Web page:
vincegetorix

Jewel of the North
Love the basis, good work.

I'd do ''incremental'' proficiency bonus dice for skills and attack rolls. Then Expertise and Advantages/Disadvantages would move the bonus in a direction or another.

-1d10-1d8-1d6- 1d4
+0 (base)​
+1d4 +1d6+1d8+1d10
<-Disadvantage | Advantage->​

So, say you are proficient in Craft. It gives you 1 Advantage in Craft. When you make a craft roll, you roll 1d20 + 1d4 + Ability score (PS: I love that you skipped the whole Score and Mods thing).

Now, say you are a rogue with an Expertise feature that gives you +1 Advantage on Craft. Now you roll 1d6 instead of the 1d4. Work in a well-stocked atelier? That's 1 more Advantage, you now roll 1d8. But wait, that workshop is in fire! That's a big disadvantage, so you gain 3 disadvantages, meaning you are back to a Base roll.
 

Slow_Travel

Villager
Love what the mockup hints at.

You could wrap skill checks and saves into one thing. Everything becomes a 'save'. That would help cut down on ink.
 

Forget any 6ed before 5-10 years.
Your best bet would be a game with the same power progression, so you could still use the same monsters, magic item and other material.
 

Gorg

Explorer
Cheery wave from a fellow procrastinator! (can't remember the last time I worked on my "modern" naval combat... rules? Game? thingamajig, lol.)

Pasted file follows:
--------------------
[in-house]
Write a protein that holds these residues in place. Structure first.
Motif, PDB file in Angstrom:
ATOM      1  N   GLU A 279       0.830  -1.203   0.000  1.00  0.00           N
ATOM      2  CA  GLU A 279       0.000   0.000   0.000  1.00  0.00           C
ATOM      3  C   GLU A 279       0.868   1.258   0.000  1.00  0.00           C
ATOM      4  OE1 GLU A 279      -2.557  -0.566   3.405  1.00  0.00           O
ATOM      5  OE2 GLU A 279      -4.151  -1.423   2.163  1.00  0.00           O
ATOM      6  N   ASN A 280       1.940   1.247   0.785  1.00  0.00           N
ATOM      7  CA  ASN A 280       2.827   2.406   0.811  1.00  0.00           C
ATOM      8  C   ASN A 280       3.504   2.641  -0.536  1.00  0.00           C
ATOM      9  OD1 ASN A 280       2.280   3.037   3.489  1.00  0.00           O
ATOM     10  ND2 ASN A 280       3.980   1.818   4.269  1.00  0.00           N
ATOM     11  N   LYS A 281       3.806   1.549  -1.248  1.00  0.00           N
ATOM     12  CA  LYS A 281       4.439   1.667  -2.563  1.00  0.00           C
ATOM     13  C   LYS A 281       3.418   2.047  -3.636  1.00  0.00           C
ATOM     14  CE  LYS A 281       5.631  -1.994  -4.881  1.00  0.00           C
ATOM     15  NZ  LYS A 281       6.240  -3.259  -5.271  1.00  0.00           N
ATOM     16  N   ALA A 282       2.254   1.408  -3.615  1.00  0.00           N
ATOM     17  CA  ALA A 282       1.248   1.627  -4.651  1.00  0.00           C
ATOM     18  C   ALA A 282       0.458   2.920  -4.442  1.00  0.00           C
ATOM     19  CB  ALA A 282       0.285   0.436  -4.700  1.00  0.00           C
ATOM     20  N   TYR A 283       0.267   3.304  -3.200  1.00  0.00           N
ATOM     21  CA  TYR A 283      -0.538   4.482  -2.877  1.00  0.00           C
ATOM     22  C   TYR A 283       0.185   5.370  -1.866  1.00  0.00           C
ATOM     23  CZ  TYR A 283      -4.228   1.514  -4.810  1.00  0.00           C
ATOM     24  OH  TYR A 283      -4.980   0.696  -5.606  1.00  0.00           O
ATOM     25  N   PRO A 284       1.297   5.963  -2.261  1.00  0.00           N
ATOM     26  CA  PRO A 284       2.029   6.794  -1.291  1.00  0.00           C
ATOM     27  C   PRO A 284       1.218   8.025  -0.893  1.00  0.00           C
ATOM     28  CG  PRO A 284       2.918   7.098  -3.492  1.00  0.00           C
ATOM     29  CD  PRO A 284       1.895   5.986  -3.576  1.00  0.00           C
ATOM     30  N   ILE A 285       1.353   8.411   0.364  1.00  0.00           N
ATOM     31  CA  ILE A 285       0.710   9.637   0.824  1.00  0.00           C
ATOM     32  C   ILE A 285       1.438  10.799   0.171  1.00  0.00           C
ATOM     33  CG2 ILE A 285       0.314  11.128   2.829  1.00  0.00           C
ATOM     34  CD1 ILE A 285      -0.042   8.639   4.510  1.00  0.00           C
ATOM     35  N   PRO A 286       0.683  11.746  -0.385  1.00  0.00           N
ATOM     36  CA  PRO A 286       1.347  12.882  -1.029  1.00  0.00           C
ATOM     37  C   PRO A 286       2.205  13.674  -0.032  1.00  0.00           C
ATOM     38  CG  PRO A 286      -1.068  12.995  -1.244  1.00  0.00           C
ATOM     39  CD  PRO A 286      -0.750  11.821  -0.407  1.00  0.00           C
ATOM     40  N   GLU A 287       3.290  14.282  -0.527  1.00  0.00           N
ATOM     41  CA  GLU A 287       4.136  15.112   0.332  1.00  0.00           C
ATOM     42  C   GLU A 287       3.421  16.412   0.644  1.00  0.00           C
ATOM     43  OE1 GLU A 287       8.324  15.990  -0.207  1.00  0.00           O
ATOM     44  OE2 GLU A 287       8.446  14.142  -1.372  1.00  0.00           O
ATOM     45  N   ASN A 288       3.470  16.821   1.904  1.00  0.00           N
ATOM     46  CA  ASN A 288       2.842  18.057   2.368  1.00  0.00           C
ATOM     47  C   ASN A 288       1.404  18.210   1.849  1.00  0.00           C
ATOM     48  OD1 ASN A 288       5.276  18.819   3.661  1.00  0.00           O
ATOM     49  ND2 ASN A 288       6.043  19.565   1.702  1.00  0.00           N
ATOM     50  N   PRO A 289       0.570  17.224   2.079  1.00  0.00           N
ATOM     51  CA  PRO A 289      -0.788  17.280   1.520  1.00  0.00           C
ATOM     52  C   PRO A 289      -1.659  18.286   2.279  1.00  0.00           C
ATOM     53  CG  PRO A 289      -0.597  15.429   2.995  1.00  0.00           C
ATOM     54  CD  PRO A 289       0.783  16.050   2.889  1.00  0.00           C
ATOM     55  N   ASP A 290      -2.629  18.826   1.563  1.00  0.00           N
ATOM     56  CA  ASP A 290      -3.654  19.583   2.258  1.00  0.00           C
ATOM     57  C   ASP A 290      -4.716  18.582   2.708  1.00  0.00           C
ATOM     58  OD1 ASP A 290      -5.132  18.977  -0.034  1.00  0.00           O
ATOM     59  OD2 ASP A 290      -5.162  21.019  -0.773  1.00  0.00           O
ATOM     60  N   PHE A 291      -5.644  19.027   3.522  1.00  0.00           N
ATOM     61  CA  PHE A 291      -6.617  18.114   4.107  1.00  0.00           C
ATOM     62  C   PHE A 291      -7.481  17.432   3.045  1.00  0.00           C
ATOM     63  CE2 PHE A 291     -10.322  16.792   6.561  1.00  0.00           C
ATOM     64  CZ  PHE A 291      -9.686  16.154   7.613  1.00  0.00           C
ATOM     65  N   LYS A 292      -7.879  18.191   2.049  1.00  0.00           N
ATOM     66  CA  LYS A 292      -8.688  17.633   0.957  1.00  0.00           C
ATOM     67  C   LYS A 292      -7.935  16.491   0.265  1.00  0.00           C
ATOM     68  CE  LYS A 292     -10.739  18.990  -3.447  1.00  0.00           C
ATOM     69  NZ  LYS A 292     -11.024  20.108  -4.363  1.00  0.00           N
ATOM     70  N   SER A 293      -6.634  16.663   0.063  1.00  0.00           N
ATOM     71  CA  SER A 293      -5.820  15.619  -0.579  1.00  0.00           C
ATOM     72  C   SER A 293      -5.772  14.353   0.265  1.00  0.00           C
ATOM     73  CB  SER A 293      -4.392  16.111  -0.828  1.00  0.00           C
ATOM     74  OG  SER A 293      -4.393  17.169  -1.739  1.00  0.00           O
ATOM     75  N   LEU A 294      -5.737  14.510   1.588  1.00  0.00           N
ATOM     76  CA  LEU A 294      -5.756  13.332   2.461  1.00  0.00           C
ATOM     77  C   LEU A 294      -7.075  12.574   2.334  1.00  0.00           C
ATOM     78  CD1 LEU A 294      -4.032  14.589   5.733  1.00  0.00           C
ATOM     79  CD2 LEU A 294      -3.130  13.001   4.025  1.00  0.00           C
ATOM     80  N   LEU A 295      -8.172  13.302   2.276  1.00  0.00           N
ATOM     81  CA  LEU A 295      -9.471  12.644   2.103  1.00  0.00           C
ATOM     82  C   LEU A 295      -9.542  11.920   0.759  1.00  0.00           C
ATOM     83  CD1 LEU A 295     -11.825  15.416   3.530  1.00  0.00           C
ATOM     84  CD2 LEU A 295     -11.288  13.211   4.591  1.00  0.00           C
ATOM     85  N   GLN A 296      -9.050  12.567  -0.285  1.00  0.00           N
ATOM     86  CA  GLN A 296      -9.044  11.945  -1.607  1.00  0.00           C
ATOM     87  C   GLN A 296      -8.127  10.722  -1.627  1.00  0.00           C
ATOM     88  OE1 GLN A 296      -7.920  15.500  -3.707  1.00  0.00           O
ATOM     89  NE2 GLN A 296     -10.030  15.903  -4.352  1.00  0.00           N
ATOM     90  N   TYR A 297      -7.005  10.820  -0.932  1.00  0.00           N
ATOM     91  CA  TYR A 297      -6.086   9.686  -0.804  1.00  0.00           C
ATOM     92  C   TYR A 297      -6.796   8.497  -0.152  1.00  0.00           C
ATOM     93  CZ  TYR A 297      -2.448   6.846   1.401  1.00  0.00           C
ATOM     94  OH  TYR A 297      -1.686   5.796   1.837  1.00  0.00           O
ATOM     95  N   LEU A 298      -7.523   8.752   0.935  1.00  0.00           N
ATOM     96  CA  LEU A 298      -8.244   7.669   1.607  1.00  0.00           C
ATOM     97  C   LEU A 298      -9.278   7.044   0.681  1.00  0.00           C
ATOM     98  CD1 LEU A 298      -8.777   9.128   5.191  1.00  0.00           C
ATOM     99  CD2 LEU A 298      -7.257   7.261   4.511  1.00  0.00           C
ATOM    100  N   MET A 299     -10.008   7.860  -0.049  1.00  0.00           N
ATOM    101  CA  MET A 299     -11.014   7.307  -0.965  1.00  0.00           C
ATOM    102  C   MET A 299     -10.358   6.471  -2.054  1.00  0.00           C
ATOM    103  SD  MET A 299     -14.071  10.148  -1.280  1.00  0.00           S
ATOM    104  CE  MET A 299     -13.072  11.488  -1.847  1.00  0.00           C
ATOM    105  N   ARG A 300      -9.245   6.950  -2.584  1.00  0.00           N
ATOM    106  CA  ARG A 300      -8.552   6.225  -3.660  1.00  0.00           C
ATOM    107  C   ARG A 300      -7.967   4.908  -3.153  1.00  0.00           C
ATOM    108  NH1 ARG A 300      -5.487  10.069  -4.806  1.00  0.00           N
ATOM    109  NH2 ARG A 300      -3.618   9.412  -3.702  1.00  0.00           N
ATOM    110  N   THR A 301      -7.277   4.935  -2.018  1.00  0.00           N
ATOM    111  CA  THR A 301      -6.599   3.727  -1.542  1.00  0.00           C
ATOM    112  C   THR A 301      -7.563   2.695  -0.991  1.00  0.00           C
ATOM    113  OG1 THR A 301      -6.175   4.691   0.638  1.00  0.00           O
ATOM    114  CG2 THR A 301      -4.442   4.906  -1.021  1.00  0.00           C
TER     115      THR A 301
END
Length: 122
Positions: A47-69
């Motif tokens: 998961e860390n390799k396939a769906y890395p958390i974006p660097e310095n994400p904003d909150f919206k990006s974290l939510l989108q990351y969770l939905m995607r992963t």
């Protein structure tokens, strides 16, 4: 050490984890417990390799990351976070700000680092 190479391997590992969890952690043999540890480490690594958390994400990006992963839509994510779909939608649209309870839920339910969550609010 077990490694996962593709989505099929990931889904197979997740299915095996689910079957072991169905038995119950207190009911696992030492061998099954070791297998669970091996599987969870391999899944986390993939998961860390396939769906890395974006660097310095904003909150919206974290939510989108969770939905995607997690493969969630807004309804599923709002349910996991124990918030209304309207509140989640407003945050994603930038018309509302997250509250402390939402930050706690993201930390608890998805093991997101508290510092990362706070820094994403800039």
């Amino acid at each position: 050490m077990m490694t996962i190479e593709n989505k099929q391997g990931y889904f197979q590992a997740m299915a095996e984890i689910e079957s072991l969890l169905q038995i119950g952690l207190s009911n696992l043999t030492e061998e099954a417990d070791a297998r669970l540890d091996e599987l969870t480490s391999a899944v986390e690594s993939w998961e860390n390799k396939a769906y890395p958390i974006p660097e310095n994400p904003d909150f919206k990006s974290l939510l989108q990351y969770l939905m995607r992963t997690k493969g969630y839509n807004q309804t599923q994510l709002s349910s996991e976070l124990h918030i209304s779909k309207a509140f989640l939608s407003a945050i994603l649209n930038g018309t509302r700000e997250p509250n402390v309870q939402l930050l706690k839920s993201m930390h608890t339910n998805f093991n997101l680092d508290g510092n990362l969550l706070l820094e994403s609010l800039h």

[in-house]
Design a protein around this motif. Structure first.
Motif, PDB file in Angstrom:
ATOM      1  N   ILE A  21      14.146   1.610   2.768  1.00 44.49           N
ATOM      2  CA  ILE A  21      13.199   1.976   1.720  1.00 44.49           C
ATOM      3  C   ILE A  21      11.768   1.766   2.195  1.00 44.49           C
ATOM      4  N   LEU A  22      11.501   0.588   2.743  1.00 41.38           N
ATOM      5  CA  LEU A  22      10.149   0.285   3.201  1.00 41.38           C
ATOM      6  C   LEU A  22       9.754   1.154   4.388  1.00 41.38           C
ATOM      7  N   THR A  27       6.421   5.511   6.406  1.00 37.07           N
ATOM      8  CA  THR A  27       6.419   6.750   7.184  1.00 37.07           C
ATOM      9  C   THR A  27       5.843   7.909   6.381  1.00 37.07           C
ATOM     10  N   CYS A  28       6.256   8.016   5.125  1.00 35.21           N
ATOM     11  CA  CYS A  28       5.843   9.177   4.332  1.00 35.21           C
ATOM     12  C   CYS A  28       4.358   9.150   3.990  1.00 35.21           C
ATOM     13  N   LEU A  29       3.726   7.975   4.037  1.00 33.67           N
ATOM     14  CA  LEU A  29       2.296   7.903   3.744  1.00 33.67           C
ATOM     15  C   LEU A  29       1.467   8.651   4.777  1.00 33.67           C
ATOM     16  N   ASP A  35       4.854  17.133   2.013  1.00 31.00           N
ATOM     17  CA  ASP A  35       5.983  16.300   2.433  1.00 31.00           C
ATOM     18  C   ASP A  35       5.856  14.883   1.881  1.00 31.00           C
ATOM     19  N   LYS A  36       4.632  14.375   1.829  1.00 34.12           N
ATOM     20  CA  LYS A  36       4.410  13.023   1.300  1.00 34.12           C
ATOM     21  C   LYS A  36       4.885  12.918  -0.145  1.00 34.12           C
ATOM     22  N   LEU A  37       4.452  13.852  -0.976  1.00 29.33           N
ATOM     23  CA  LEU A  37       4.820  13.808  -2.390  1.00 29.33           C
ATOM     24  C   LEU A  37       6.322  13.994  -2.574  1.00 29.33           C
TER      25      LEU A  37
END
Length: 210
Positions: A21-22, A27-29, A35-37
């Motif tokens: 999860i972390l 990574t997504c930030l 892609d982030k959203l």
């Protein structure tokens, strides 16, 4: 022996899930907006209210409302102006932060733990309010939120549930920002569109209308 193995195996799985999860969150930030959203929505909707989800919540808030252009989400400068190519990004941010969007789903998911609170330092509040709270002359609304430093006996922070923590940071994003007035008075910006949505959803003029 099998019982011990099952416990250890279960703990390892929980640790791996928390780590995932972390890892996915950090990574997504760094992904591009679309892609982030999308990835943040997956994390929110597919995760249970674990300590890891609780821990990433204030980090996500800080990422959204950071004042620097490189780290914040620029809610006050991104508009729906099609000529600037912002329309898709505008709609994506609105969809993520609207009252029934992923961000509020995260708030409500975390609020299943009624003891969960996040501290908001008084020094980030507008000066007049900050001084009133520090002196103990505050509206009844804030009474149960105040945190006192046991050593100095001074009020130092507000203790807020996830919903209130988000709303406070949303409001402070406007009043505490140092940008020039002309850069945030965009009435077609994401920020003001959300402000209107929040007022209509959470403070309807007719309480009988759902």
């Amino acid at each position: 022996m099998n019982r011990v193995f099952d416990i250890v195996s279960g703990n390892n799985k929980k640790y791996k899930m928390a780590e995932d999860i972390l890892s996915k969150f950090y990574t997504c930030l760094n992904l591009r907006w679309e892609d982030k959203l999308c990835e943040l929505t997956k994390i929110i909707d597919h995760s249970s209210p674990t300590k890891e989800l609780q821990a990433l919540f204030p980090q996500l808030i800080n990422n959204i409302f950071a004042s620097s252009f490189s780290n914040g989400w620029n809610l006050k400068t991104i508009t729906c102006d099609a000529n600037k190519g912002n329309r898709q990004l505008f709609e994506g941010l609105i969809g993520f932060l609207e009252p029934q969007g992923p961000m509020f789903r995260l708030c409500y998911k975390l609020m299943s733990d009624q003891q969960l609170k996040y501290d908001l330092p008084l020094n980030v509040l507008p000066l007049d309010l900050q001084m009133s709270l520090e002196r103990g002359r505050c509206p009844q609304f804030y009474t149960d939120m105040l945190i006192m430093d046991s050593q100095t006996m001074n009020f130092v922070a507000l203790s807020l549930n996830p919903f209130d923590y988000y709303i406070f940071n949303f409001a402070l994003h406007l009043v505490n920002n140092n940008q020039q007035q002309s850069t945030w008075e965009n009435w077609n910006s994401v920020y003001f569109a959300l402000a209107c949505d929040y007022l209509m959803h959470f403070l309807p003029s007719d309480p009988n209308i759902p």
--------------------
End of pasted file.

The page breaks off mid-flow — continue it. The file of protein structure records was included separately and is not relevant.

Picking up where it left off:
I frankly don't see myself moving to another new edition any time soon- if ever. Particularly given the history of even numbered editions, and the general trend/direction I see the game moving in. (and I already have FOUR editions of the game, and bookshelves groaning under the weight of materials I already own- most of which I haven't gotten to use yet)

I do agree with essentially all of your design goals, though. I just prefer a more streamlined, abstract combat. Mostly based on how agonizingly slow combats got when they started adding on lots of tactical options and rules- and the endless rules arguments they usually spawned. I enjoy action and combat in D&D, but when each player's action in a 6 second combat round takes 10-15 minutes...
 



loverdrive

Makin' cool stuff
Publisher
Ok, I have some news. I've run a little playtest, inventing rules on the spot, so I have something I'd want to change after.

Let's start with the basic resolution rules.

The GM sets the difficulty by turning a several knobs:
  • Requirements: you can do it, but you need [X] first.
  • Price: you can do it, but regardless of an outcome, [X] will happen
  • Risk: you can do it, but on a fail [X] will happen.
  • Effectiveness: well, you can try, but the best you can do is [X]